Jan 112015

A wander through the market always yields interesting sights, such as this lady selling a huge pile of yellow flowers.

On this day we went in search of what our guide book described as a local delicacy, tiny preserved tangerines. We were supposed to find them in amongst all the woven baskets inside the market building. We wandered through without having much luck. We were being mobbed by locals asking what we were looking for, making it difficult to scan the stalls for the little delights. Eventually, Shannon decided to try to explain what we were after. She was less than successful in this endeavor, but it took the attention off me and I was able to scan a stall carefully. Then, I saw a plastic jar, tucked in amongst everything else, full of gooey little orange spheres. I knew I had the right thing when I noticed the picture of tangerines on the label.

The lady gestured that I should open the jar. Upon doing that, I was hit by a strong citrus smell. They smelled delicious and I was instructed to taste one. At this point, things took a turn for the worse. They were horrible, bitter, chewy things smothered in a sickeningly sweet gloop. After the ladies hospitality we wanted to buy something, but we did not want a jar of those tangerines! Eventually, we remembered some delicious coconut cracker things we’d wanted to buy. The lady didn’t have any but quickly ran off somewhere, returning with a whole case. They became our long distance bus journey snack of choice.

flower lady in conical hat in hoi an vietnam


Nov 172012

On my first night in Iceland I stayed out, excited by the lack of darkness, until I got too cold to go any further. On my way back to our guesthouse I decided to stop and take some more photos of the flowers moving around in the biting wind. I wanted to show the flowers’ movement so I stuck with a small aperture to let them blur and fired off 7 exposures ranging from -3 to +3.

I’ve been trying to avoid posting images from the same place day after day. However, I’ve realised that I’ve got far more pictures from Iceland than anywhere else, and I won’t get to do anymore traveling until the New Year. So you’ll be seeing a lot of Iceland photos for the next couple of months.

Field of white flowers blowing in the wind with lighthouse, building and boat on land in Icelandd of white flowers blowing in the wind with lighthouse, building and grounded boat in Iceland

Oct 252012

I loved this scene so much I had to create two versions. Here you have the other, tiny little flowers before a vast expanse of rock, ocean and mountainous Fjords in the Westfjords, Iceland.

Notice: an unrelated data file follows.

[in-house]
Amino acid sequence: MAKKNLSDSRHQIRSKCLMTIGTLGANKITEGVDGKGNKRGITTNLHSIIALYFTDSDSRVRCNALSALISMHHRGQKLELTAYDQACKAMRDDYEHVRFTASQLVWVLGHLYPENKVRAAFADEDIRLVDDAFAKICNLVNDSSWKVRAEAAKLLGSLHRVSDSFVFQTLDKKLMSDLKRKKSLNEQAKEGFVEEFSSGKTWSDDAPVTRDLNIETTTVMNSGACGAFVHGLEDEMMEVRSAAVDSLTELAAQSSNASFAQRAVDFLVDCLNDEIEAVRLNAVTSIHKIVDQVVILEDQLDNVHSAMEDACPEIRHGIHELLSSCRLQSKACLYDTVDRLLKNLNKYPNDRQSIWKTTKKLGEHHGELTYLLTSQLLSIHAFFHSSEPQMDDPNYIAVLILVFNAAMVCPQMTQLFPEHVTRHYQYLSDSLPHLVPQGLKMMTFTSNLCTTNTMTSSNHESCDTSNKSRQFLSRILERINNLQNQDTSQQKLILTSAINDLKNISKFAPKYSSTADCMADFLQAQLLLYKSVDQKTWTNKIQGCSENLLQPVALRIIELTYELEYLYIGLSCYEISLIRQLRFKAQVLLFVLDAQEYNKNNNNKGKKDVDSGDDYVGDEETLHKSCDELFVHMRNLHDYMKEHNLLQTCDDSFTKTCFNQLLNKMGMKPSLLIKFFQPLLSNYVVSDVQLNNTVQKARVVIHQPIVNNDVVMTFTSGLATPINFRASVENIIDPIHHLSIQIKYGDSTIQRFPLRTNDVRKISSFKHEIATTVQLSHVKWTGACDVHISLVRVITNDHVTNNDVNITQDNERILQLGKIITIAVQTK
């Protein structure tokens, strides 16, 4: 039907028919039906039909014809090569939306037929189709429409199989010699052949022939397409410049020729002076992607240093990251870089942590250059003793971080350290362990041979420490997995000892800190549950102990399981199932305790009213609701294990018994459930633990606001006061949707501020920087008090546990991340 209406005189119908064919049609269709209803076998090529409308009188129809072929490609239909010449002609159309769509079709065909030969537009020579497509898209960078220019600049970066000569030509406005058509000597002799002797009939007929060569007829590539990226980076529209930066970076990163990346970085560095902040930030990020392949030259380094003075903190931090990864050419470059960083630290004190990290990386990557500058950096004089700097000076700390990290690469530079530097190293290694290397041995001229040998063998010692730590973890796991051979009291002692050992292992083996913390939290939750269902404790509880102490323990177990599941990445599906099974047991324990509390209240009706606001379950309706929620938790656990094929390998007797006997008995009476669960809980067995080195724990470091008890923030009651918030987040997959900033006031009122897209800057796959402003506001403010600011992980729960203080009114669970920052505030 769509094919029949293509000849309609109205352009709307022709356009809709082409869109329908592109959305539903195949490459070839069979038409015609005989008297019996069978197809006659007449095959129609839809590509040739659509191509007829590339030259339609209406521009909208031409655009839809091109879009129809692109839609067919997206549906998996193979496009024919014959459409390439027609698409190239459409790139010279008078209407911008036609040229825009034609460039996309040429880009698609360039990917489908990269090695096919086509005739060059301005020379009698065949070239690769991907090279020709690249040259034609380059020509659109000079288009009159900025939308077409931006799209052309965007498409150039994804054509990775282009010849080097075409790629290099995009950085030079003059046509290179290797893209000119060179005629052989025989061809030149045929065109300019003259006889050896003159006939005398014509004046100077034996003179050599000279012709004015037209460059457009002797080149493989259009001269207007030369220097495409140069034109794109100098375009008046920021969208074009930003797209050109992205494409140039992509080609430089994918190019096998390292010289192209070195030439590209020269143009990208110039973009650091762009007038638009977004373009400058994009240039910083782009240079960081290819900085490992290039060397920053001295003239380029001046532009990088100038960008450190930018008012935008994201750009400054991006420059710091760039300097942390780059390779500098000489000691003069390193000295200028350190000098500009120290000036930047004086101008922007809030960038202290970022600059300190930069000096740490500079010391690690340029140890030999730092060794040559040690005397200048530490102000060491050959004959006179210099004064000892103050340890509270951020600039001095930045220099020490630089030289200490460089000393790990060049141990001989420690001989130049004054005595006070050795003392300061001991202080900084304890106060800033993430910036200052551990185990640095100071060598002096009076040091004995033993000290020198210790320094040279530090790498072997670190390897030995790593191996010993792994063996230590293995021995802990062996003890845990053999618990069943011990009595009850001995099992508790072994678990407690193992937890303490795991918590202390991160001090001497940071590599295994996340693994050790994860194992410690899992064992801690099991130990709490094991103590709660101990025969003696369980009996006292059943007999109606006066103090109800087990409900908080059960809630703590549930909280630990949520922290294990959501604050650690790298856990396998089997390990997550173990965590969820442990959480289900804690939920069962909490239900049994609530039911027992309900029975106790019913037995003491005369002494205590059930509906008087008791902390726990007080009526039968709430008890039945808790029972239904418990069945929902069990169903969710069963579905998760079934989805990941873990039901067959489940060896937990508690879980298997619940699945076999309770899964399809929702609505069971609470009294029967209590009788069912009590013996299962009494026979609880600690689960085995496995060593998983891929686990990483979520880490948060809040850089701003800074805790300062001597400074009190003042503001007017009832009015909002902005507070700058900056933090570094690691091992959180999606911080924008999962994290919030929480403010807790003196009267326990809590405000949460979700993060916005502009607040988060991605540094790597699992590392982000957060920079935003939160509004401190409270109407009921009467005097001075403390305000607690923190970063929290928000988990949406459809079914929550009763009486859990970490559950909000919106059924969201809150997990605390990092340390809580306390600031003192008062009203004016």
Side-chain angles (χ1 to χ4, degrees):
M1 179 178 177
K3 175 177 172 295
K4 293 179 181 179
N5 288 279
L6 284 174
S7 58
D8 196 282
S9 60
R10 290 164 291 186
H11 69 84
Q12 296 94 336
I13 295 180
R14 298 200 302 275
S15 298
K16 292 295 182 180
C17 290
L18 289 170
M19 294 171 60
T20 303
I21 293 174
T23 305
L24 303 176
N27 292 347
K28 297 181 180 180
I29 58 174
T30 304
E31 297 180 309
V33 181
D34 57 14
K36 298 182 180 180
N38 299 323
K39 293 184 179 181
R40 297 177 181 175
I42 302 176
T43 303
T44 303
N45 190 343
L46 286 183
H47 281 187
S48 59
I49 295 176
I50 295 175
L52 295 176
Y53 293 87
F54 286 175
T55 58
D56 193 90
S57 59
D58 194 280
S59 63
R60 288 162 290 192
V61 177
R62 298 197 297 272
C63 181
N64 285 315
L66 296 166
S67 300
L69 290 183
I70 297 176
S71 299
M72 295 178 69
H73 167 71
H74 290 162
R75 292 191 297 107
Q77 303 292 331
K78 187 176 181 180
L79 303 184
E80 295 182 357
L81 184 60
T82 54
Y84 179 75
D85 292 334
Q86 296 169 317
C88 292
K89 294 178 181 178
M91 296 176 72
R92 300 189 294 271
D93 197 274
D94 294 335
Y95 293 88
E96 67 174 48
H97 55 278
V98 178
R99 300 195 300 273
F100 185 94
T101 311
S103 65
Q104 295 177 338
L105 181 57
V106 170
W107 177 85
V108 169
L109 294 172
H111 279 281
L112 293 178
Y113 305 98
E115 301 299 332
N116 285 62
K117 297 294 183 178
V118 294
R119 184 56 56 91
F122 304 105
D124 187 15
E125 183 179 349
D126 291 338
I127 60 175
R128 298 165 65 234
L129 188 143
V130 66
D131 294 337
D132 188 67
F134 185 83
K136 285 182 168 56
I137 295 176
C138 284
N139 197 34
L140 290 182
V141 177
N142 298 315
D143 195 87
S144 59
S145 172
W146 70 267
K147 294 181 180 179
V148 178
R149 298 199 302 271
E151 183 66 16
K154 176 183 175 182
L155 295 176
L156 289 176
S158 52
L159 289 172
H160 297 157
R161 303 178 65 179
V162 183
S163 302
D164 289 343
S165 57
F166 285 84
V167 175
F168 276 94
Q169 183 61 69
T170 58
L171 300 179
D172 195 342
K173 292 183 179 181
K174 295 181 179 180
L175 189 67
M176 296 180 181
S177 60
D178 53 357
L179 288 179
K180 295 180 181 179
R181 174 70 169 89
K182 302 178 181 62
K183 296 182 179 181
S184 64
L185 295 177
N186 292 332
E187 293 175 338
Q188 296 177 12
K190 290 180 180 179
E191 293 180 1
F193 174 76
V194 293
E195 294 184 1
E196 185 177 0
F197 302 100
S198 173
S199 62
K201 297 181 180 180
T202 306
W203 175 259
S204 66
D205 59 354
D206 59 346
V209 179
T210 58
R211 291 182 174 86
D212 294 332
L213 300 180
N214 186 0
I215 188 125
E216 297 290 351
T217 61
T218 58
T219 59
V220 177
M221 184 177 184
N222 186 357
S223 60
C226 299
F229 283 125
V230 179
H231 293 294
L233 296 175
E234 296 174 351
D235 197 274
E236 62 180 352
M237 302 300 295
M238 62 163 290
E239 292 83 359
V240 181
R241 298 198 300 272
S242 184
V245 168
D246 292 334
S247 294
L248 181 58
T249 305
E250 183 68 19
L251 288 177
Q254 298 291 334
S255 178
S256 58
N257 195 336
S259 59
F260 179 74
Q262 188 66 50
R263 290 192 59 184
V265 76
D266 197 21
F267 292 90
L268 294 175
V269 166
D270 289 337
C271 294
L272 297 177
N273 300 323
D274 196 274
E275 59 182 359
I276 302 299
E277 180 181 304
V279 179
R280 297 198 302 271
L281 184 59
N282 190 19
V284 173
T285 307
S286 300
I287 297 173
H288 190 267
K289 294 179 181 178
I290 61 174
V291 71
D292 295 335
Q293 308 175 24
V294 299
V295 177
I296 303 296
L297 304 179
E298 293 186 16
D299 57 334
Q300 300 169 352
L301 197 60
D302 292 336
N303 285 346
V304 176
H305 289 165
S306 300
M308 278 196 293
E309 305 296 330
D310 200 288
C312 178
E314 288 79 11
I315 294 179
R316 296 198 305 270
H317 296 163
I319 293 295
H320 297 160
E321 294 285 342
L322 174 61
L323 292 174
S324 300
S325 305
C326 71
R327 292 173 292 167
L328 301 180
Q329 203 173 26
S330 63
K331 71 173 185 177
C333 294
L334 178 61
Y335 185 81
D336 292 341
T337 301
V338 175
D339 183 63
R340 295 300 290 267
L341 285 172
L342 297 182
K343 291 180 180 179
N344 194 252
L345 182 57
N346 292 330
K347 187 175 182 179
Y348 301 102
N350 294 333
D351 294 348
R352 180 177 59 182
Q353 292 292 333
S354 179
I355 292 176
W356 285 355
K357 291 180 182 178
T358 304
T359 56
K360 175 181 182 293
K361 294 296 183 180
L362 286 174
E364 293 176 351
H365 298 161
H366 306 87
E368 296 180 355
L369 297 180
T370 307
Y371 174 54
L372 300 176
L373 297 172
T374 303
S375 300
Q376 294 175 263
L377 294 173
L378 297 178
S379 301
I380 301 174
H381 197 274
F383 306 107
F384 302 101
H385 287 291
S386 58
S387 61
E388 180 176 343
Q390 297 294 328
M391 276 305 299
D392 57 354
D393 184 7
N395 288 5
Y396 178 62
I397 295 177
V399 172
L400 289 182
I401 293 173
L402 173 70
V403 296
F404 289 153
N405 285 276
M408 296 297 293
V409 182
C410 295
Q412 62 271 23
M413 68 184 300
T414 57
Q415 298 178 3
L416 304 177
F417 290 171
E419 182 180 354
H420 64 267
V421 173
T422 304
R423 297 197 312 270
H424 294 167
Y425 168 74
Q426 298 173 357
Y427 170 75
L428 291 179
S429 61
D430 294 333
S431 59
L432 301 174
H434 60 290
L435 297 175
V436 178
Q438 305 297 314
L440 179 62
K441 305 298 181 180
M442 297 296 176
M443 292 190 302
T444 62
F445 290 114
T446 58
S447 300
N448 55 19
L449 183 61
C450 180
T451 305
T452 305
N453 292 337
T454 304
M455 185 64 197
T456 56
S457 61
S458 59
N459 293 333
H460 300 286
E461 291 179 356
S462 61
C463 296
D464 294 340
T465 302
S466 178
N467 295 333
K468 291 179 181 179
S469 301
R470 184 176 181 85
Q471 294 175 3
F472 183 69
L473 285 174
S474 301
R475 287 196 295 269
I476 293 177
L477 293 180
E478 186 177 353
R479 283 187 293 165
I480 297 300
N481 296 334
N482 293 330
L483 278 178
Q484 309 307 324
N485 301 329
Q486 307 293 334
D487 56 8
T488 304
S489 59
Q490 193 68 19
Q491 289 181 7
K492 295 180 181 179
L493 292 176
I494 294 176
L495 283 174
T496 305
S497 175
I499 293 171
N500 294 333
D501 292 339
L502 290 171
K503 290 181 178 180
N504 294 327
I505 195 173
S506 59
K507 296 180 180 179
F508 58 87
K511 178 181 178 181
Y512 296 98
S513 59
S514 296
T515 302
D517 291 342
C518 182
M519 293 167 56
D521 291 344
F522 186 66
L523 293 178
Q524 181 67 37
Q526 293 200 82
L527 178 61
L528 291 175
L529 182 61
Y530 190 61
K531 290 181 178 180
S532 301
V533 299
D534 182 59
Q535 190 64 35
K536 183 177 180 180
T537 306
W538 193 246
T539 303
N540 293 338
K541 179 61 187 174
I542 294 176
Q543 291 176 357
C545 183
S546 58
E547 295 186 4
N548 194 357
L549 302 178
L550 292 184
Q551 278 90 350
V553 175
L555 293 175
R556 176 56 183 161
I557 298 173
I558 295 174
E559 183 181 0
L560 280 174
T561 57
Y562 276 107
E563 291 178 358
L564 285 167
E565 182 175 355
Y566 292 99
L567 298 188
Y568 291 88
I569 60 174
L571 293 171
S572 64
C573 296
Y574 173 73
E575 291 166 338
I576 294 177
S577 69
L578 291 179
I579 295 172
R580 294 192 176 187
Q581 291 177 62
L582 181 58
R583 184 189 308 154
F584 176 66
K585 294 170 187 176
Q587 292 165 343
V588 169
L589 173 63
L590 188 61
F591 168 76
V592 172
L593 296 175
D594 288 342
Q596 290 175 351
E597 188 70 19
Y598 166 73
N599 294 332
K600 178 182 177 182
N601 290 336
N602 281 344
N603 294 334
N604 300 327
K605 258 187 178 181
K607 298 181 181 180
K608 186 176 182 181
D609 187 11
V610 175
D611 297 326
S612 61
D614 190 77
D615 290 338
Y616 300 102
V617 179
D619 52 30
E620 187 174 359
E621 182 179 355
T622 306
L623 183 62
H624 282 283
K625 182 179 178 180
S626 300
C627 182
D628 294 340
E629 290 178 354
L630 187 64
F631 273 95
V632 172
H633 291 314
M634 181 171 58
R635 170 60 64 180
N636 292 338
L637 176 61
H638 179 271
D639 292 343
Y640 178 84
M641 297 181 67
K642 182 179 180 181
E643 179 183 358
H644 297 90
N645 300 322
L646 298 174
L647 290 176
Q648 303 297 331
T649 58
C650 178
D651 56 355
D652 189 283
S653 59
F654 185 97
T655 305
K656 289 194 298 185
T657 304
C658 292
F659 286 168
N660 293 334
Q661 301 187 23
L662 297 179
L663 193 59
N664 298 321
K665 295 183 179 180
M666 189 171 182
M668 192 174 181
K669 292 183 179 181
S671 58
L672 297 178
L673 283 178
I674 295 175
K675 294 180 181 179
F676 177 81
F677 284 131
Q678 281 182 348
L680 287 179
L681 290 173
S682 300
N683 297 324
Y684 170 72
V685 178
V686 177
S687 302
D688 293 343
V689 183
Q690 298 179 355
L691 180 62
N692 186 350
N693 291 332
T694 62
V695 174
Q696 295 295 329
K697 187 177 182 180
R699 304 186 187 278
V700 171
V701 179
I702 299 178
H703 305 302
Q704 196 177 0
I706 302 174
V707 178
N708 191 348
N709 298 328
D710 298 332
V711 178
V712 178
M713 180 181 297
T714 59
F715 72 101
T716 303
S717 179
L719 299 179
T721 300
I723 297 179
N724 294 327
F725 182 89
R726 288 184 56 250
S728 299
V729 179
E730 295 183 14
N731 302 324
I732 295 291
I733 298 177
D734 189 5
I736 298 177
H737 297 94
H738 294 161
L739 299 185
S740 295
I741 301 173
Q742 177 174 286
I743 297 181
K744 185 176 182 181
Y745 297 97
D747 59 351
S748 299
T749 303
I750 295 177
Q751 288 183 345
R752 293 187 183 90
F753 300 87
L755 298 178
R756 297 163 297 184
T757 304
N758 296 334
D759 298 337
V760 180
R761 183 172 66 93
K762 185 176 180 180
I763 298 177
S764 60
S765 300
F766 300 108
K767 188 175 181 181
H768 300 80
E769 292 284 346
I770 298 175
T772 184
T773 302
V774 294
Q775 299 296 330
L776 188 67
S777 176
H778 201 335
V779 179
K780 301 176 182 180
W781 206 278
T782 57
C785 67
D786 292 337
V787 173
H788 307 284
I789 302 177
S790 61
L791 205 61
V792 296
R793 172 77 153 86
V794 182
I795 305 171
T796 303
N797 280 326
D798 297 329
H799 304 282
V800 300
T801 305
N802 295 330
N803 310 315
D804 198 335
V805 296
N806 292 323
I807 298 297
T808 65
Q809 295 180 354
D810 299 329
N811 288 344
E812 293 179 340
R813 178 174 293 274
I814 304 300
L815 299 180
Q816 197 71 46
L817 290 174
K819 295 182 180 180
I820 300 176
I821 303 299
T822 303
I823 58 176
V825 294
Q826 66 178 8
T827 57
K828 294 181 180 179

Tiny little flowers before a vast expanse of rock, ocean and mountainous Fjords in the Westfjords, Iceland

Jul 152012

This is the first photo I took in Iceland. My flight was scheduled to get in at midnight and was delayed by half an hour. It was torture as we approached because I could see the sun was setting. I knew it would be light all night, but the sunset was incredible. It felt like it took forever to get through immigration, get my bag and make my way to the guesthouse. I didn’t spend long in the room as I quickly broke out my gear and took off… successfully leaving my tripod in the room. Fortunately my travel buddy offered to run back and get it while I looked for a shot. I think it was technically sunrise when I took this shot and the color had died down a bit. As you can see it was really windy. Rather than trying to freeze the flowers (which may have been impossible) I decided to increase my f-stop and let them get as blurry as possible.   Field of white flowers blowing in the wind with a lighthouse, boat and buildings in a row with clouds and sunset in Iceland.

Jul 082012

If you have a 3 hour drive to make in Iceland it’s probably a good idea to assume that you’ll take 7-8 hours to get where you’re going. Not because of traffic or the roads. There’s very little traffic, and although the roads do get a bit rough from time to time you can generally keep your pace up. The problem is that Iceland is incredible. You’re guaranteed to find lots of places to stop that you had no idea existed. This is what happened in the case of today’s photo. We had already pushed our check-in to the apartment we had in Reykjavik back by 3 hours and were just going to make it on time. Then we entered a field of flowers. We drove through them arguing over whether the big rock rising out of them was an island just off shore or on land. It was on land (I was right :-)).  I knew that we were pressed for time but I couldn’t resist pulling down the dirt road to catch some photos of this giant field of flowers. Following taking a few photos, and shooting a time lapse we climbed up on top of the jeep and just sat there for a while. Then we called the owner of the apartment and told him we were going to be even later. We didn’t drive all the way down the dirt road. I like to imagine there’s a campground at the end because when I go back next June I want to spend a couple of nights here.